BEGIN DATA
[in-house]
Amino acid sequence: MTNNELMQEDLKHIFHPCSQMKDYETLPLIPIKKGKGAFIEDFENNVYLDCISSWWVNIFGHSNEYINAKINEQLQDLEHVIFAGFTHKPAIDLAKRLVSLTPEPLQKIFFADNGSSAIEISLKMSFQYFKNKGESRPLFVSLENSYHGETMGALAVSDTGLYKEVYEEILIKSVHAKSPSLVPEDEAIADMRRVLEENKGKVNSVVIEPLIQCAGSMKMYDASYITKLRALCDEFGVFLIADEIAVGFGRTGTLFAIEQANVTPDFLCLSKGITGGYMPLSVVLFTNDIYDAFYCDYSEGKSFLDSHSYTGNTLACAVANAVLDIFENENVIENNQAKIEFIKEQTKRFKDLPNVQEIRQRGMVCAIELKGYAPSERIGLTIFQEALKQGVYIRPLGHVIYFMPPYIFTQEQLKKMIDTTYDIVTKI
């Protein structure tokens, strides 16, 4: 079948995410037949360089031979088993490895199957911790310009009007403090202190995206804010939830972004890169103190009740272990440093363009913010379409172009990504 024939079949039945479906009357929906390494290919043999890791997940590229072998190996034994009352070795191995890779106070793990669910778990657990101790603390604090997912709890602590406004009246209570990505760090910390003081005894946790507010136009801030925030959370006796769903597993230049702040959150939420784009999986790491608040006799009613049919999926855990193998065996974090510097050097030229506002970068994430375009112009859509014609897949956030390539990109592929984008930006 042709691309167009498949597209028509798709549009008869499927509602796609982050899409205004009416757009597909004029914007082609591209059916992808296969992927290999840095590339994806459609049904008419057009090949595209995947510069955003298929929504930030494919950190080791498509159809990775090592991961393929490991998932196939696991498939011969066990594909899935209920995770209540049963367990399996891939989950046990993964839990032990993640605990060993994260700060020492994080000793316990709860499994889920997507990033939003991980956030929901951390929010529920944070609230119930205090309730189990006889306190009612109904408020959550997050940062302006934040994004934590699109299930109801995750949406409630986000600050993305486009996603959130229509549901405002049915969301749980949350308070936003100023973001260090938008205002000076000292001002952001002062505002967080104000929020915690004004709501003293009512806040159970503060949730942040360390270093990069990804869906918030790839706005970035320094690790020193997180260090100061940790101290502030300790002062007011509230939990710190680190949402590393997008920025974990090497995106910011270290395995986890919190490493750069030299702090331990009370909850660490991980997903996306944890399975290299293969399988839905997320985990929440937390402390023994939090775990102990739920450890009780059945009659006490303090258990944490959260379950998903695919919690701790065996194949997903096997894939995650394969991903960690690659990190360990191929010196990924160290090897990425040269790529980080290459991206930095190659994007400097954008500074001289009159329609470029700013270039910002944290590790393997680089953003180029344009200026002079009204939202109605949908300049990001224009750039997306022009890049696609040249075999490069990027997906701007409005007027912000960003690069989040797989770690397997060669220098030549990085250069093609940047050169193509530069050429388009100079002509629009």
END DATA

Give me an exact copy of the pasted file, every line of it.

[in-house]
Amino acid sequence: MTNNELMQEDLKHIFHPCSQMKDYETLPLIPIKKGKGAFIEDFENNVYLDCISSWWVNIFGHSNEYINAKINEQLQDLEHVIFAGFTHKPAIDLAKRLVSLTPEPLQKIFFADNGSSAIEISLKMSFQYFKNKGESRPLFVSLENSYHGETMGALAVSDTGLYKEVYEEILIKSVHAKSPSLVPEDEAIADMRRVLEENKGKVNSVVIEPLIQCAGSMKMYDASYITKLRALCDEFGVFLIADEIAVGFGRTGTLFAIEQANVTPDFLCLSKGITGGYMPLSVVLFTNDIYDAFYCDYSEGKSFLDSHSYTGNTLACAVANAVLDIFENENVIENNQAKIEFIKEQTKRFKDLPNVQEIRQRGMVCAIELKGYAPSERIGLTIFQEALKQGVYIRPLGHVIYFMPPYIFTQEQLKKMIDTTYDIVTKI
């Protein structure tokens, strides 16, 4: 079948995410037949360089031979088993490895199957911790310009009007403090202190995206804010939830972004890169103190009740272990440093363009913010379409172009990504 024939079949039945479906009357929906390494290919043999890791997940590229072998190996034994009352070795191995890779106070793990669910778990657990101790603390604090997912709890602590406004009246209570990505760090910390003081005894946790507010136009801030925030959370006796769903597993230049702040959150939420784009999986790491608040006799009613049919999926855990193998065996974090510097050097030229506002970068994430375009112009859509014609897949956030390539990109592929984008930006 042709691309167009498949597209028509798709549009008869499927509602796609982050899409205004009416757009597909004029914007082609591209059916992808296969992927290999840095590339994806459609049904008419057009090949595209995947510069955003298929929504930030494919950190080791498509159809990775090592991961393929490991998932196939696991498939011969066990594909899935209920995770209540049963367990399996891939989950046990993964839990032990993640605990060993994260700060020492994080000793316990709860499994889920997507990033939003991980956030929901951390929010529920944070609230119930205090309730189990006889306190009612109904408020959550997050940062302006934040994004934590699109299930109801995750949406409630986000600050993305486009996603959130229509549901405002049915969301749980949350308070936003100023973001260090938008205002000076000292001002952001002062505002967080104000929020915690004004709501003293009512806040159970503060949730942040360390270093990069990804869906918030790839706005970035320094690790020193997180260090100061940790101290502030300790002062007011509230939990710190680190949402590393997008920025974990090497995106910011270290395995986890919190490493750069030299702090331990009370909850660490991980997903996306944890399975290299293969399988839905997320985990929440937390402390023994939090775990102990739920450890009780059945009659006490303090258990944490959260379950998903695919919690701790065996194949997903096997894939995650394969991903960690690659990190360990191929010196990924160290090897990425040269790529980080290459991206930095190659994007400097954008500074001289009159329609470029700013270039910002944290590790393997680089953003180029344009200026002079009204939202109605949908300049990001224009750039997306022009890049696609040249075999490069990027997906701007409005007027912000960003690069989040797989770690397997060669220098030549990085250069093609940047050169193509530069050429388009100079002509629009």